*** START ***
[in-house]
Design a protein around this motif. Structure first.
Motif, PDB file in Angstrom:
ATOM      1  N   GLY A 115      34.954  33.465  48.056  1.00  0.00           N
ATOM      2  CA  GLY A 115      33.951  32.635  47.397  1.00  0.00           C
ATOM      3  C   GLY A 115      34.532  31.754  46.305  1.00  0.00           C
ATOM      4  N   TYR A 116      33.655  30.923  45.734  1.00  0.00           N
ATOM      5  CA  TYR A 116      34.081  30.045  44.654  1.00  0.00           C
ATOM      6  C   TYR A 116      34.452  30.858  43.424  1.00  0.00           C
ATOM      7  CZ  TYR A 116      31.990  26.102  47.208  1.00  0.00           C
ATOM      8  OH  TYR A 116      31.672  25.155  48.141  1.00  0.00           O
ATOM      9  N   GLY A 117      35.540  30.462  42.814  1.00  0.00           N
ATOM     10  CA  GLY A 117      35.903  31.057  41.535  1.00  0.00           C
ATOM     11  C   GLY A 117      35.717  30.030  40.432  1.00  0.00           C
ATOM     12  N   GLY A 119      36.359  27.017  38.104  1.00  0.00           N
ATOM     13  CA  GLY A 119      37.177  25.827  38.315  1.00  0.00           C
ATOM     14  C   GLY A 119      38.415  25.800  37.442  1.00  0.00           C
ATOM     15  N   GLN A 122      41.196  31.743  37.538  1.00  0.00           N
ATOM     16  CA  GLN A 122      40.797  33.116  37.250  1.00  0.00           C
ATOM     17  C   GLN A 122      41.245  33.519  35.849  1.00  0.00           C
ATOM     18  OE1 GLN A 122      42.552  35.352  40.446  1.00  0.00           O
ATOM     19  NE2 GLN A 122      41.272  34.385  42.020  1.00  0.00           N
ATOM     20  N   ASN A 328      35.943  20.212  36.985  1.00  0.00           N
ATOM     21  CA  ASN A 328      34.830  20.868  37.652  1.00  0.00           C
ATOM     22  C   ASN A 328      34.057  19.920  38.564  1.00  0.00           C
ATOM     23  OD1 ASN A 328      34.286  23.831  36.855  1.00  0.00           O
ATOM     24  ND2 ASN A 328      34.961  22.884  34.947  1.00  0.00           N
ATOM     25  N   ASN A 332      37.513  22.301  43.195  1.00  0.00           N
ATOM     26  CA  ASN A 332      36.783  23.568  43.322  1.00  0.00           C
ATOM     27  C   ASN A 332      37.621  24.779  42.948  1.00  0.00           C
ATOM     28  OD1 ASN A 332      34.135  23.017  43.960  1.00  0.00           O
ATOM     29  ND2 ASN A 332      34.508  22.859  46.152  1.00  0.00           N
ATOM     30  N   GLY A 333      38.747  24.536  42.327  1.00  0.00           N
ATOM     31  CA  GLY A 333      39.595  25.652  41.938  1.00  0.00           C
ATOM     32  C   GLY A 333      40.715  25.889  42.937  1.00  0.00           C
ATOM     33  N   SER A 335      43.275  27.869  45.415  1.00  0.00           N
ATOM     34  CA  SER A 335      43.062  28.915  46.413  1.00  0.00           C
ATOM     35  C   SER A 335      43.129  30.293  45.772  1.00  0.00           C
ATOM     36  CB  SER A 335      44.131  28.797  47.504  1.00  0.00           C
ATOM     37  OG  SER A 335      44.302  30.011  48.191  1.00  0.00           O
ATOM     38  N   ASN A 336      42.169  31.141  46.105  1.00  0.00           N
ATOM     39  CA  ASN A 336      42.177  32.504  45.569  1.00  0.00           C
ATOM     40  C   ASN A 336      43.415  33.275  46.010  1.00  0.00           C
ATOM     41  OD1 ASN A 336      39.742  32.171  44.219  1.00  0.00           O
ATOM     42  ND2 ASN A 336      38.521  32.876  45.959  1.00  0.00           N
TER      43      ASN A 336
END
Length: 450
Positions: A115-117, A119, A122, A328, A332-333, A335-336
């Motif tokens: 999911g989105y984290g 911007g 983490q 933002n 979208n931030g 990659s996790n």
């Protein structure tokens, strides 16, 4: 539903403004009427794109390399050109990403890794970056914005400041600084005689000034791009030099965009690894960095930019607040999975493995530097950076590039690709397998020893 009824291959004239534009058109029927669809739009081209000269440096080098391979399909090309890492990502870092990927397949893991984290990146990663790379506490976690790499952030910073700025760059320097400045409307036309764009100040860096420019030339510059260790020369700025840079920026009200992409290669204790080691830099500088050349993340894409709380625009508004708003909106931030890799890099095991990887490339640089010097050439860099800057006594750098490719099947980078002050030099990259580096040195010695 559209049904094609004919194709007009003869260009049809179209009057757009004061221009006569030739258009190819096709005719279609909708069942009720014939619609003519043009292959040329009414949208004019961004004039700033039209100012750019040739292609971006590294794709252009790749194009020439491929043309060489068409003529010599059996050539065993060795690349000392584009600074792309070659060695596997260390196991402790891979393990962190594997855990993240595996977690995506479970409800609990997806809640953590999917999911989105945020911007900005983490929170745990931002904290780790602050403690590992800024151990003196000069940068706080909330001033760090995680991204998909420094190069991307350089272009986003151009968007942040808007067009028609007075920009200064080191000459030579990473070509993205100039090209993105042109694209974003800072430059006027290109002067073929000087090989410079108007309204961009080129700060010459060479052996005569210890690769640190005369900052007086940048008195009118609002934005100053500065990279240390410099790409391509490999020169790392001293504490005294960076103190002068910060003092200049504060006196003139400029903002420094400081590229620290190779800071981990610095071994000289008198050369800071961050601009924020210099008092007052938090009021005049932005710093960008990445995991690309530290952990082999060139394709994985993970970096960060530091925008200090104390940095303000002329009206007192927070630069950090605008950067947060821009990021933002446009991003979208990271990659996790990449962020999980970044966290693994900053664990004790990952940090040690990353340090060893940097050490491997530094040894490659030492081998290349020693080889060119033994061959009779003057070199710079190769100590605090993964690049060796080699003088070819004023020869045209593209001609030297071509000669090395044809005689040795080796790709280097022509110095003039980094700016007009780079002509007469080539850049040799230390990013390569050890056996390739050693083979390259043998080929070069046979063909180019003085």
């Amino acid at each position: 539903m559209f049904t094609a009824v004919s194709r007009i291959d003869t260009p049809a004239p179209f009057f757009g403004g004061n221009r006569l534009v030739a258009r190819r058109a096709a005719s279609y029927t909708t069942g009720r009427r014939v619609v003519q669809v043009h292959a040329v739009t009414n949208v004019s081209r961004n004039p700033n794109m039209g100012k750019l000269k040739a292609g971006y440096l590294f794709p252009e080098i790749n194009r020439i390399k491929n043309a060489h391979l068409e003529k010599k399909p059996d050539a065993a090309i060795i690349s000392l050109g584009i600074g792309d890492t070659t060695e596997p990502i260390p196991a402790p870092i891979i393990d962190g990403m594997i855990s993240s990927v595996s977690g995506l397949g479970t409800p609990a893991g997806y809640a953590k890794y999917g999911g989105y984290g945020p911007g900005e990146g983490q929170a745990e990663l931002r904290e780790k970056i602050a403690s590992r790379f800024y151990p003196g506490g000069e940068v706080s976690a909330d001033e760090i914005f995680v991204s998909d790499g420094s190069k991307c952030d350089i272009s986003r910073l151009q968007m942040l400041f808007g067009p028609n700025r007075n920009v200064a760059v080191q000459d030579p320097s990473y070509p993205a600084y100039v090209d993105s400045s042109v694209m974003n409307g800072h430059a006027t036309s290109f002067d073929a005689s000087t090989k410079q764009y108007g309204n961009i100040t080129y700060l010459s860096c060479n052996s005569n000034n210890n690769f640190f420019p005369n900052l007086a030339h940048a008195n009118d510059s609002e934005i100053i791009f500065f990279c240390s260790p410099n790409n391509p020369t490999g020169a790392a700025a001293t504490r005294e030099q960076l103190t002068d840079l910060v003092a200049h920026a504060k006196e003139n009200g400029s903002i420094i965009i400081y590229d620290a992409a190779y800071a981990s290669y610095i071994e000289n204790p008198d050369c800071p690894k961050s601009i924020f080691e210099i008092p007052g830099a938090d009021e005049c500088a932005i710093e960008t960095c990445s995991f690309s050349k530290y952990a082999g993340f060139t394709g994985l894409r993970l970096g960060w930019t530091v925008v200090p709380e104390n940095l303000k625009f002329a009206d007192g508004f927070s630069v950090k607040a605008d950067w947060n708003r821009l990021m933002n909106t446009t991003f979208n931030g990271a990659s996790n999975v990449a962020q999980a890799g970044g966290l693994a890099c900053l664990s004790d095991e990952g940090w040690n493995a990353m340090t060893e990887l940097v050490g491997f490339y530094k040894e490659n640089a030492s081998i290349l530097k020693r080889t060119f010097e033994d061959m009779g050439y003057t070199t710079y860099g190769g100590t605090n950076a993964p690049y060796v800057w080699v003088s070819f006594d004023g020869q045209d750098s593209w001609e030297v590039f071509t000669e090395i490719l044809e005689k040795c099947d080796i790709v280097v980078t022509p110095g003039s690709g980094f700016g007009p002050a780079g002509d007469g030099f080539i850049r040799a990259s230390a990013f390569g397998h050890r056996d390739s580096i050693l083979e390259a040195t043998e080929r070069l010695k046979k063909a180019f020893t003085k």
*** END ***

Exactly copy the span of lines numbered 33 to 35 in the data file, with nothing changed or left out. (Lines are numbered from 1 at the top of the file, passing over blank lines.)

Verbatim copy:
ATOM     30  N   GLY A 333      38.747  24.536  42.327  1.00  0.00           N
ATOM     31  CA  GLY A 333      39.595  25.652  41.938  1.00  0.00           C
ATOM     32  C   GLY A 333      40.715  25.889  42.937  1.00  0.00           C